The handling of the 'false start' at Naas on Sunday was a shambles and displayed a total disregard for punters by the stewards.
The starter, Derek Cullen, presumably couldn’t see, or didn’t see, the incident where Shakeytry whipped around and impeded Sean Says and Aarons Day shortly before Cullen released the tape to start the race. Nothing more than human error on the part of the starter, and of course this could have happened to anyone. However, I have less sympathy for his decision not to initiate a false start moments later when he could clearly see three horses had been left behind?
Anyway, the starter is not my main gripe, it is the subsequent actions of the stewards that beggar belief. Unlike the starter, they had ample time to study the incident from multiple video angles, interview all the riders involved and talk to the starter. An open and shut case — a fair start was not enacted and the race should have been declared void.
The stewards copped-out of making any decision on the race and instead referred the matter on to their CEO Denis Egan. This showed a complete disregard for the punters who placed bets on those three horses in good faith but lost their money. If the stewards felt they hadn’t the expertise or authority to make the correct decision they could have surely called on Denis Egan, who was at Naas, for advice rather than referring the matter on to him which means that regardless of his subsequent findings the punters lose their dough.
The Naas stewarding debacle came just 48 hours after the Navan stewards had made a very controversial decision regarding the outcome of the Graigs Lane Maiden Hurdle involving Brazos and Falcano. Brazos clearly drifted off a straight line and impeded Falcano, but despite only a nose separating the two horses at the finish, and Brazos’ rider being found guilty of careless riding, the result was allowed to stand.
To add to the IHRB’s ever-growing list of woes RTE is the latest media outlet to shine a light on horse racing in the aftermath of the Viking Hoard doping case with Barry Lenihan discussing the sport on the Claire Byrne show last week.
Lenihan, like David Walsh and Paul Kimmage, is a journalist with a track record for highlighting issues within sport having previously broken a story about a Champion greyhound testing positive for cocaine.
His radio piece touched on a number of failings of the regulatory body but primarily focussed on the shortcomings in the testing of thoroughbreds at non-training establishments for prohibited substances. The IHRB was given new powers back in August 2020 whereby their staff can effectively replicate the role previously carried out exclusively by the Department of Agriculture’s Special Investigations Unit. Frustratingly, the IHRB has yet to get their act together in rolling out this new testing regime and up to the end of January 2021 no visits to non-training establishments have been carried out.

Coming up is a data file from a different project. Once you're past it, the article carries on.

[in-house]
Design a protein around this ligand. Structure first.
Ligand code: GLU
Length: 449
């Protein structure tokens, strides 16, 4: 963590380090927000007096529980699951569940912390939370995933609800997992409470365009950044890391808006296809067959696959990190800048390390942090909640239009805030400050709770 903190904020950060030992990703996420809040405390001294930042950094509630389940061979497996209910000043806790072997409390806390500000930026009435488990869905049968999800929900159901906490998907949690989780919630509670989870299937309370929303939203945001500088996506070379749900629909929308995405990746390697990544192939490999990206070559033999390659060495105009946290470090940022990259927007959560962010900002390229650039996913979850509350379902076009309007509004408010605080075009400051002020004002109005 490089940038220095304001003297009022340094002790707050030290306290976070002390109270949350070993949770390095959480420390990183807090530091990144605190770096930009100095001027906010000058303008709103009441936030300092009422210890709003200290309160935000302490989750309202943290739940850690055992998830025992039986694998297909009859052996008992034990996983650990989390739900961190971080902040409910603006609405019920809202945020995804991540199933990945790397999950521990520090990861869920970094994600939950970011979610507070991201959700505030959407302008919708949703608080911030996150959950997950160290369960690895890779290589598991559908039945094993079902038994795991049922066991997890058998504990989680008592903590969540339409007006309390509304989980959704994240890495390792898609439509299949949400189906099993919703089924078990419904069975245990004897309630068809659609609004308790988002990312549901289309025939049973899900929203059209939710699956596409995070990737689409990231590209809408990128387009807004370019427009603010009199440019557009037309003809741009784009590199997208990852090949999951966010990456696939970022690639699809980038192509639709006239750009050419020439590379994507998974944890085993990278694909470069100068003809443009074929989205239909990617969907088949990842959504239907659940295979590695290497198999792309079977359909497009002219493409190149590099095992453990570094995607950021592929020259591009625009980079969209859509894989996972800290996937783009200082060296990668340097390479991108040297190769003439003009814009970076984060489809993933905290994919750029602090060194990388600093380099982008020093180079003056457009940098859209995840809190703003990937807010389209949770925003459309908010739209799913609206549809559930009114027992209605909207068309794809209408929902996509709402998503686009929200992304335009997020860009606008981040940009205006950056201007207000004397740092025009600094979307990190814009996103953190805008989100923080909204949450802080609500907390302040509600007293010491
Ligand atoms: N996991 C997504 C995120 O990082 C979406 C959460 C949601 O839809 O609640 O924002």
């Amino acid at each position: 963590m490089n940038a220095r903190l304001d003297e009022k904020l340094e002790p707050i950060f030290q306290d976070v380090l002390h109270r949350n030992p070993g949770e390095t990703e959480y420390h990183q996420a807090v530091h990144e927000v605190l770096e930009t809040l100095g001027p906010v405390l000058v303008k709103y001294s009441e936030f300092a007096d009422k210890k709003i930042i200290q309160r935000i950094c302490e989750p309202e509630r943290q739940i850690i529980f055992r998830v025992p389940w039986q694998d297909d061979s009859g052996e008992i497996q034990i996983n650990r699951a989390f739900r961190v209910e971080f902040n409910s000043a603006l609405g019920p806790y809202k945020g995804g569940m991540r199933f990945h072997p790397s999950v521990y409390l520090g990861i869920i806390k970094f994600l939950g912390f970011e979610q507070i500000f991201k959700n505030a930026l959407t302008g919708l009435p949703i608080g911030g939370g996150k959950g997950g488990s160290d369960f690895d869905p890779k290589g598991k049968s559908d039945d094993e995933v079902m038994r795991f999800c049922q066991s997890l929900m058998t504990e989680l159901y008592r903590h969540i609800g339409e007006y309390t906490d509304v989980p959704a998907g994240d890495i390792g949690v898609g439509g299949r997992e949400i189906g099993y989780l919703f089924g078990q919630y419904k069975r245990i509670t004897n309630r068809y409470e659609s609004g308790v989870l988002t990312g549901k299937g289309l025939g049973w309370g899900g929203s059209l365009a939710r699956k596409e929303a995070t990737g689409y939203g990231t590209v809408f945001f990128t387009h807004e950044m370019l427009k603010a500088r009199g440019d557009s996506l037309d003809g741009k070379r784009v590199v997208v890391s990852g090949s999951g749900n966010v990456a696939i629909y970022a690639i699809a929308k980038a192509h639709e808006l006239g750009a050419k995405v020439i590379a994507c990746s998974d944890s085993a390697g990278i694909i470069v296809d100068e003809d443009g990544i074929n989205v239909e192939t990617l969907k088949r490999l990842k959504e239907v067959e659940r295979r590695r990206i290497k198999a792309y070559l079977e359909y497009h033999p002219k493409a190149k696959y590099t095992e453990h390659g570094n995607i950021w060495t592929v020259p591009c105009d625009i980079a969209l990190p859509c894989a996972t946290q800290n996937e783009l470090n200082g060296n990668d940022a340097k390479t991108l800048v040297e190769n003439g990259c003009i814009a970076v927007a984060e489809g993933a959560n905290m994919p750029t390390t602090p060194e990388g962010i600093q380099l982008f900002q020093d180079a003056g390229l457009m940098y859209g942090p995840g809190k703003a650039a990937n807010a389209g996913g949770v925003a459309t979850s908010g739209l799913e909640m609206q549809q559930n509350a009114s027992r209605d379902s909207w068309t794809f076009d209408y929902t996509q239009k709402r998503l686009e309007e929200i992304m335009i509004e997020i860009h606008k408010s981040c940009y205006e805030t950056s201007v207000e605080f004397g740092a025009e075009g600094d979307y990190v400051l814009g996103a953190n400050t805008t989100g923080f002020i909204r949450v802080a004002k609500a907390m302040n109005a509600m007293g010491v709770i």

When the new powers were granted to the IHRB last year it was heralded as a watershed moment in the policing of the doping of race horses. Five months later and still nothing.
Mention was also made to the HRI expenditure budget for 2018 which included a €9.1 million allocation to the IHRB for Integrity Services. This increased allocation “included funding for CCTV installation at a number of racecourses stable yards.”
We now know that this money was not spent on CCTV. According to the IHRB, their board decided to redirect this money into other integrity services. But they have not specified exactly what the money was used for.
In order for the IHRB to re-allocate funds from an approved budget they are required to get approval first from HRI.
Fast forward three years and HRI has upped the 2021 allocation to the IHRB for the provision of integrity services to an inflation-busting €14 million, but still no CCTV.
We saw the devastating impact the RTE Prime Time Investigates Special on Greyhound Racing had on that sport in 2019. Those within Greyhound racing industry argued that the documentary was biased and used old footage of antiquated practices but the damage was done.
The thoroughbred industry, with an annual economic value of €1.84 Billion (Deloitte Report 2017), has a lot more to lose than Greyhound racing but is doing very little to counter the claims that the sport has regulatory shortcomings in relation to doping or anything else.